#944840

    Mayan_Dvash
    Participant

    Working parents don’t want their kids influenced into thinking that they (the parents) are completely into gashmius and are Torah illiterate while the Klei Kodesh parents don’t want their kids influenced into thinking that they are useless bench-kvetchers. WE MUST KEEP THE BLINDERS ON!!!

    😉

    Seriously, as long as we all respect each other, we stand to gain from mixing these groups.

    TL;DR is no excuse here

    ;

    #944841

    ☕ DaasYochid ☕
    Participant

    I’m glad that you have come around and seen the truth.

    I’m not sure what makes you think that this is a change of heart on my part.

    #944842

    Yserbius123
    Participant

    There already exists one major elementary school which is exclusive for kollel yungerlites children. Even if you have a job as a Rebbi it is difficult to have your children accepted. It can only exist because there is a very well to do family which sponsors it.

    #944843

    writersoul
    Member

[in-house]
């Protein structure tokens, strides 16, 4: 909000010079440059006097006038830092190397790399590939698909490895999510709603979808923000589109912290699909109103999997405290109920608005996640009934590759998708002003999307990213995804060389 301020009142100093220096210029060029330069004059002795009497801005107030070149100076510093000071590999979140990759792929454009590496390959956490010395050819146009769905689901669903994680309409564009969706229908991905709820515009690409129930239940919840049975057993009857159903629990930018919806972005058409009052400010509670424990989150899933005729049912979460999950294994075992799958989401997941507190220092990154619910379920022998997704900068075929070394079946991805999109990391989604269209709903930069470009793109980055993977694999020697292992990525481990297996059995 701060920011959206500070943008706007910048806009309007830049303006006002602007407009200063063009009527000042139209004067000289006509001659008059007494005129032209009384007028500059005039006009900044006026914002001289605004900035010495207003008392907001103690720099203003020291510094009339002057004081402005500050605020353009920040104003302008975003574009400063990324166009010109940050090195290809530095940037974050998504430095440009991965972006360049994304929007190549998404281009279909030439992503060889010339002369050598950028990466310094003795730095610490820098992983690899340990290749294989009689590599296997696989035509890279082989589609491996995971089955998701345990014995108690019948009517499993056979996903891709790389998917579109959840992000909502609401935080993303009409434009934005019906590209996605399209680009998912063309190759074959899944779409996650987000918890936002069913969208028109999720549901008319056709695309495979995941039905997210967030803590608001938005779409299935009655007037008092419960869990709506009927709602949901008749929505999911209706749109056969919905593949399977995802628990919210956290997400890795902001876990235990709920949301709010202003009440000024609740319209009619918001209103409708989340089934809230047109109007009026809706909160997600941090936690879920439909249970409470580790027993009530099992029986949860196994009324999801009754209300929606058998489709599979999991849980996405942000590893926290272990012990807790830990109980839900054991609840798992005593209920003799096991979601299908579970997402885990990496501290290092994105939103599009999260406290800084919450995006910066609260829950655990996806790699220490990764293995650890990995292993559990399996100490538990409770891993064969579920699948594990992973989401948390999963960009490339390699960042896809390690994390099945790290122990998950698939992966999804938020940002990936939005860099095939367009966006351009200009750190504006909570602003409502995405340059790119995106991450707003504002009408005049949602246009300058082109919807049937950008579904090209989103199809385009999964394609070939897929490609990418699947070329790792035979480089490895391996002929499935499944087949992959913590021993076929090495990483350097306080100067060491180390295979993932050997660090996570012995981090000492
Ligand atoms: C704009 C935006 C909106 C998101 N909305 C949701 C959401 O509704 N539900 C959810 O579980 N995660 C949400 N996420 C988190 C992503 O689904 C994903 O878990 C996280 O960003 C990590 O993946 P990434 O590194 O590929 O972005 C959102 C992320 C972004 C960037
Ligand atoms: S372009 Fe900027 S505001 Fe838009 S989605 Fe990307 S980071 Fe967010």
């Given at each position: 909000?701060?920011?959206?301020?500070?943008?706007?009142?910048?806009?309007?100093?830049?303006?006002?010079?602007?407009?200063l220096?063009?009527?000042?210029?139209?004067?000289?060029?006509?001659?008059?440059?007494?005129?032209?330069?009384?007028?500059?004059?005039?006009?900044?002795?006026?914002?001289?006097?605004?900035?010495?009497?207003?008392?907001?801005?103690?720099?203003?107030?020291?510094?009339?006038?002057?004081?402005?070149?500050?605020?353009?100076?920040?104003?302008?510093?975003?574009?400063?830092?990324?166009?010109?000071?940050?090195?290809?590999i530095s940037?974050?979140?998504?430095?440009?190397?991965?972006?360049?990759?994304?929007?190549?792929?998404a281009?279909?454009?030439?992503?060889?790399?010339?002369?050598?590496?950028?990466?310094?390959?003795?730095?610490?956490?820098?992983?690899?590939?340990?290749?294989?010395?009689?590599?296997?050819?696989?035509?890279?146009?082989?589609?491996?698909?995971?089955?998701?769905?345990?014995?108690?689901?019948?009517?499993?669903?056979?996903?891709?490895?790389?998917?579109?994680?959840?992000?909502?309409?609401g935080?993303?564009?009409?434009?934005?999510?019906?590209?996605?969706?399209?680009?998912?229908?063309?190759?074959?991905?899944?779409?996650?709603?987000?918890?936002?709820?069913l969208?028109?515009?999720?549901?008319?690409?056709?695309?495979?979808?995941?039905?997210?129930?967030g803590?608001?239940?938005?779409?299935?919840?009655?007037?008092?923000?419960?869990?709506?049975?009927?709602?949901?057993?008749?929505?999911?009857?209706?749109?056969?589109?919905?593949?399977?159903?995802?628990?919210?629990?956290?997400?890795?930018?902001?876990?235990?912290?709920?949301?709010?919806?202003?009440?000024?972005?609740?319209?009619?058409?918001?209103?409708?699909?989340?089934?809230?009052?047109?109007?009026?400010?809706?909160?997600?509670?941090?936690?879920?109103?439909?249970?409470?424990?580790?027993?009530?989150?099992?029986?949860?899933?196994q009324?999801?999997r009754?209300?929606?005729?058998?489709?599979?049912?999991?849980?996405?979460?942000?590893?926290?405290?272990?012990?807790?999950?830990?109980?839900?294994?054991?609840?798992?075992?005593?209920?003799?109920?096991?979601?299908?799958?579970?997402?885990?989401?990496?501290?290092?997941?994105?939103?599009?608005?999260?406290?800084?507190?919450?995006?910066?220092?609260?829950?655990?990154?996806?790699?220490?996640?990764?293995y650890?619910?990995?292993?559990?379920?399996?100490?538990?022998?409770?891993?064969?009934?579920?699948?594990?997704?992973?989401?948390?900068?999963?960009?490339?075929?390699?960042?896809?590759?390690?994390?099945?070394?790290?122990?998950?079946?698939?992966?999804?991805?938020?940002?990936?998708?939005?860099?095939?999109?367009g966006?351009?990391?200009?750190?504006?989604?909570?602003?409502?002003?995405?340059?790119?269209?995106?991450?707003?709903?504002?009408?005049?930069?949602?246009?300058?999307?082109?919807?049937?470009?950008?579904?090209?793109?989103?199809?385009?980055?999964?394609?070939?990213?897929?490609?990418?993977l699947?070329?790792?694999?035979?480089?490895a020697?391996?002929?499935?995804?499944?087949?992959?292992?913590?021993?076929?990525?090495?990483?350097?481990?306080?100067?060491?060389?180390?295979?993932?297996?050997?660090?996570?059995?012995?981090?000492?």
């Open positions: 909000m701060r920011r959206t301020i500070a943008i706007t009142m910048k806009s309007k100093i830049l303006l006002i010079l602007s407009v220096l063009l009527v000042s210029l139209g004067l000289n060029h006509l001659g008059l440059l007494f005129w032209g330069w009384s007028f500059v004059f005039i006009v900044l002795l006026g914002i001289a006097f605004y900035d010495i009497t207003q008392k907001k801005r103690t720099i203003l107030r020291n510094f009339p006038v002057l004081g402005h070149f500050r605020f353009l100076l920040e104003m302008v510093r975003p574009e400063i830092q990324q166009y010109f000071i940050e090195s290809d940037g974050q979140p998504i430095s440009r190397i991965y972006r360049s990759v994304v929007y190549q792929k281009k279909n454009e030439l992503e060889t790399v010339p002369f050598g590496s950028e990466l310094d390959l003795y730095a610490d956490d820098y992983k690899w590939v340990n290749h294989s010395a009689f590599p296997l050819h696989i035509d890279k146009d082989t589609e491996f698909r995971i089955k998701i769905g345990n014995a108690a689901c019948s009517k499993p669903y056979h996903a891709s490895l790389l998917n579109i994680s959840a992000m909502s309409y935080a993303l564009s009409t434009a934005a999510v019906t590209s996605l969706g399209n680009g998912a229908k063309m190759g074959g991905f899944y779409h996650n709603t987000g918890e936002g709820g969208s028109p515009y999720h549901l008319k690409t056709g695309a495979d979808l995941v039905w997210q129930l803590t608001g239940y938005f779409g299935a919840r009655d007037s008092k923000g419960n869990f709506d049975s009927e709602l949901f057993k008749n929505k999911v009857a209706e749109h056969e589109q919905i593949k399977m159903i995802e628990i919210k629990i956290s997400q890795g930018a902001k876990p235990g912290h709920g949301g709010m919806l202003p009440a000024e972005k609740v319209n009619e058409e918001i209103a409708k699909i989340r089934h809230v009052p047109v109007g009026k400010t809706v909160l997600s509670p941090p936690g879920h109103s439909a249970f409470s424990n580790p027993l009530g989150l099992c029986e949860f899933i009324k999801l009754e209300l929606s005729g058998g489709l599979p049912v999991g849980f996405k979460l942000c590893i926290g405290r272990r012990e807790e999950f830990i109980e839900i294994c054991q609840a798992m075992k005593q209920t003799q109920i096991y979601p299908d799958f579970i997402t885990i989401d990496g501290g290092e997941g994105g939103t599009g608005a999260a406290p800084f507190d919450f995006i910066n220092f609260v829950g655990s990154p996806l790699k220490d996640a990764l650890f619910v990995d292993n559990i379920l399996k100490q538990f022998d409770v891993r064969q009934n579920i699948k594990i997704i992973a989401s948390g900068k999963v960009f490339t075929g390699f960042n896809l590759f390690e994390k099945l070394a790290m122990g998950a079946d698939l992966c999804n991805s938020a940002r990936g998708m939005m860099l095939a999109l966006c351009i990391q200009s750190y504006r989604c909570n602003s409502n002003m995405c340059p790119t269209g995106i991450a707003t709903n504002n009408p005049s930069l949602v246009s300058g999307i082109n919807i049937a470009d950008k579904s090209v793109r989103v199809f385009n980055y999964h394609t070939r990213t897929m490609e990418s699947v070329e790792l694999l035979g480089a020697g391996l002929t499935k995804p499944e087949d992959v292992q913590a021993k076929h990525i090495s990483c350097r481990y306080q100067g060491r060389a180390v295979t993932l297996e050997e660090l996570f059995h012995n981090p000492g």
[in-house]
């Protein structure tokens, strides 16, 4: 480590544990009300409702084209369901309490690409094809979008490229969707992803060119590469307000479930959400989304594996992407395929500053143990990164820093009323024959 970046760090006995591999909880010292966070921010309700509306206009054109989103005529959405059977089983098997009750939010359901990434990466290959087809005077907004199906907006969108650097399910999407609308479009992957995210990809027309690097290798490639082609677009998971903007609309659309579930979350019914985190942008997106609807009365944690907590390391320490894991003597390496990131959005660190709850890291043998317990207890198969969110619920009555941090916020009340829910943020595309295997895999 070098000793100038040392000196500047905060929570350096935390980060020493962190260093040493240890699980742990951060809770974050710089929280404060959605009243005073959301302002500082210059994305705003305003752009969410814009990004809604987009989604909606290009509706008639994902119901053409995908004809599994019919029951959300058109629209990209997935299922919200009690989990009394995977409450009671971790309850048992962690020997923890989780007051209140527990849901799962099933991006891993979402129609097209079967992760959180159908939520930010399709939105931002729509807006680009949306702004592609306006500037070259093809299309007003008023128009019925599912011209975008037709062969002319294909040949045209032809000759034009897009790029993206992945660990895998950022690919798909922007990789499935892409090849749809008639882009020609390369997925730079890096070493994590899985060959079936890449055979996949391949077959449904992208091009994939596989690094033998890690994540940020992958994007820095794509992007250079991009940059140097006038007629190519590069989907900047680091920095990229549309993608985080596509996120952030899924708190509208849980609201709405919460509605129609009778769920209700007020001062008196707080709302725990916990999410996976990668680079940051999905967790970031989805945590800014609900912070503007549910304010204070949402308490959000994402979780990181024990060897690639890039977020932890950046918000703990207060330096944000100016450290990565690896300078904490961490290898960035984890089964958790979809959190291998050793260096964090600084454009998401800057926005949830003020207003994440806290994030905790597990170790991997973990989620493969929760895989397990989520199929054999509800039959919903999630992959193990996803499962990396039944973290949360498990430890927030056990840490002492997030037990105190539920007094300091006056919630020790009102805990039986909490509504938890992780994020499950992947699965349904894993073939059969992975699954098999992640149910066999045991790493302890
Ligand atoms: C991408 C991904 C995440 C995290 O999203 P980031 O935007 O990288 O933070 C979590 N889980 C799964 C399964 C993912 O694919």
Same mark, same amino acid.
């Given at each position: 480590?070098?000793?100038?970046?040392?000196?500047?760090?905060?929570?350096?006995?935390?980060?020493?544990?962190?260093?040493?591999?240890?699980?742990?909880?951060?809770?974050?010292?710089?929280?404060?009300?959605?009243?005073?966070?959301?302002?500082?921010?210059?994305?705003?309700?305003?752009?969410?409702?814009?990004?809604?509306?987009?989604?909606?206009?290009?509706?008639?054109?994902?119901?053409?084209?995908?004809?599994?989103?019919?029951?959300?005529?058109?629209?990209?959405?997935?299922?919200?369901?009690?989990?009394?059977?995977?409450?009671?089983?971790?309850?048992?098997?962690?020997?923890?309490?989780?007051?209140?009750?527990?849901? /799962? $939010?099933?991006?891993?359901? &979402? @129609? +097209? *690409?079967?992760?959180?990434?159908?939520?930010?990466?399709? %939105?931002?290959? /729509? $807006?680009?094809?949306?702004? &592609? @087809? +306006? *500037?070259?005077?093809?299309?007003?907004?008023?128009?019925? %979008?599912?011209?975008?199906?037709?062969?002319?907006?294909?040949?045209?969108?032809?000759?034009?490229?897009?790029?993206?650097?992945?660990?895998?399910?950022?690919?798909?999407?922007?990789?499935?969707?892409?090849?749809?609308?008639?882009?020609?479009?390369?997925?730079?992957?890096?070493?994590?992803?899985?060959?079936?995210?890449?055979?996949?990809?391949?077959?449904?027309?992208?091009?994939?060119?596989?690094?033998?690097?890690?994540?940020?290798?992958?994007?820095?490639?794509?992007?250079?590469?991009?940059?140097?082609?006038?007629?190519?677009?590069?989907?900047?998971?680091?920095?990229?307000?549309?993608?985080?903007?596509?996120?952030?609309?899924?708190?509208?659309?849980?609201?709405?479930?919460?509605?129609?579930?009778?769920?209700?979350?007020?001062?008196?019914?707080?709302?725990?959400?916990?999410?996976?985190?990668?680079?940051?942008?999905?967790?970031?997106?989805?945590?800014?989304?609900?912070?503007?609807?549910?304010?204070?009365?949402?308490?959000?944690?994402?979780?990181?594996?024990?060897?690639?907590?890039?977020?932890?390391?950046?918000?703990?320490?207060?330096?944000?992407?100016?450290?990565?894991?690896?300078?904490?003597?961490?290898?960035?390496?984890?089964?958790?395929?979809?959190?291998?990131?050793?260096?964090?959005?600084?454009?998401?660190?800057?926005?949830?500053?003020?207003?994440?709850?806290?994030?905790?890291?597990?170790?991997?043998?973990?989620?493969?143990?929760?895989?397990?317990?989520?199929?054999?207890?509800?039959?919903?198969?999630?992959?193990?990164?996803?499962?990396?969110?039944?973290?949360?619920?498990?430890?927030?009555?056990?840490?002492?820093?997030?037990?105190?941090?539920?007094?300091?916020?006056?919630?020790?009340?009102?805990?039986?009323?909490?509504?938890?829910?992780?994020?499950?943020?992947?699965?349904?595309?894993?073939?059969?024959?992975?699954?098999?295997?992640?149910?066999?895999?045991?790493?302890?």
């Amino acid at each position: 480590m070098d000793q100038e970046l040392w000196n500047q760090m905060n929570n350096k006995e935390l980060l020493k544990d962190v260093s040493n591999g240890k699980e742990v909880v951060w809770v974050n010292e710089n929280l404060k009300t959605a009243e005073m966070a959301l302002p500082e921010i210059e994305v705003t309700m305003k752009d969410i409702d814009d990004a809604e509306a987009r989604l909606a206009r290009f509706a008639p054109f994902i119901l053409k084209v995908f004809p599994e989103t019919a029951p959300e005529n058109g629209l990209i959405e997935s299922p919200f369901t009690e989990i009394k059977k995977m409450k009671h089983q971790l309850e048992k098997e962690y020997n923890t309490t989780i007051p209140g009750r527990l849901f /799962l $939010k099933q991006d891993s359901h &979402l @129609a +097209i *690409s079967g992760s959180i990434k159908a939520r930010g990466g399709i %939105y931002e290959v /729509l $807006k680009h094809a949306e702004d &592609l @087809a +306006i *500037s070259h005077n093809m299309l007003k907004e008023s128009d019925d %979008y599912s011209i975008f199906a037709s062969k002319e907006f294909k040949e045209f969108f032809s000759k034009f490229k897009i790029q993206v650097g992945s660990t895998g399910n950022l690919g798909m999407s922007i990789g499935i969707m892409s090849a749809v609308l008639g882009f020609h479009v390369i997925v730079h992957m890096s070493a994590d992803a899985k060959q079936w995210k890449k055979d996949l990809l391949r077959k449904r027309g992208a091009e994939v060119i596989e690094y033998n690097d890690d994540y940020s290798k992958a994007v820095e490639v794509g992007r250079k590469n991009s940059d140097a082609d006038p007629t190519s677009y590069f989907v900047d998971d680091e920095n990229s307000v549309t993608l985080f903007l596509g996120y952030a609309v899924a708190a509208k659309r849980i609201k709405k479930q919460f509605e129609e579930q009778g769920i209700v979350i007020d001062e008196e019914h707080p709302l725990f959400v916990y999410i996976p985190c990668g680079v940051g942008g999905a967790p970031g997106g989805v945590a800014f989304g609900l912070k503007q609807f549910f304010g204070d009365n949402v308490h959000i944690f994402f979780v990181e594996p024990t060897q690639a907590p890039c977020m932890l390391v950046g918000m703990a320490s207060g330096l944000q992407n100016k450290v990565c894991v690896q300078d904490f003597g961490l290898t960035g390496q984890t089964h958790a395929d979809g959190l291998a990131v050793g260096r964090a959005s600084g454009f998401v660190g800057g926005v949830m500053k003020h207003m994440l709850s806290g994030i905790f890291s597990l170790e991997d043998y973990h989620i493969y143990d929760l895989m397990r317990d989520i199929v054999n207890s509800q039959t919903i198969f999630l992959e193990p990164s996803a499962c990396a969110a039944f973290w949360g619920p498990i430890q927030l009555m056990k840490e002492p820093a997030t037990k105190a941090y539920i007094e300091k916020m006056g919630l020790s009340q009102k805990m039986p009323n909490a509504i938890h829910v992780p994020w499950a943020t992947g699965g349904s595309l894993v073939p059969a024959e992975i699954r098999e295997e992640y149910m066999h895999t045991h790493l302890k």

This is obviously a lot more utopian than practical, as it probably wouldn’t work, but if we have a few schools across different sectors, people should be able to go to whichever they’d like, as most schools are, believe it or not, self-selecting. Sure, some people who “aren’t as frum” might want to go to the “more frum” school because it’s “better” or something, but if they really think so, it means that they have a respect for the frumness of the school and want to be like that. A kid who wears jeans wouldn’t want to go to Bais Yaakov unless she was okay with changing herself to fit the Bais Yaakov, because there are other schools which wouldn’t care if she wore jeans. There must be a reason why she chose Bais Yaakov. It works the same way the other way around- if a “frummer” family wants to go to a “less frum” (by the way, I use quotes around subjective terms) school for another reason, such as academics or some specific thing the other school has that the Bais Yaakov doesn’t, then they can’t expect the student body to be any specific way to suit them because they chose the school. But in both cases, there’s no reason why they shouldn’t be accepted, as they both WANT to be there.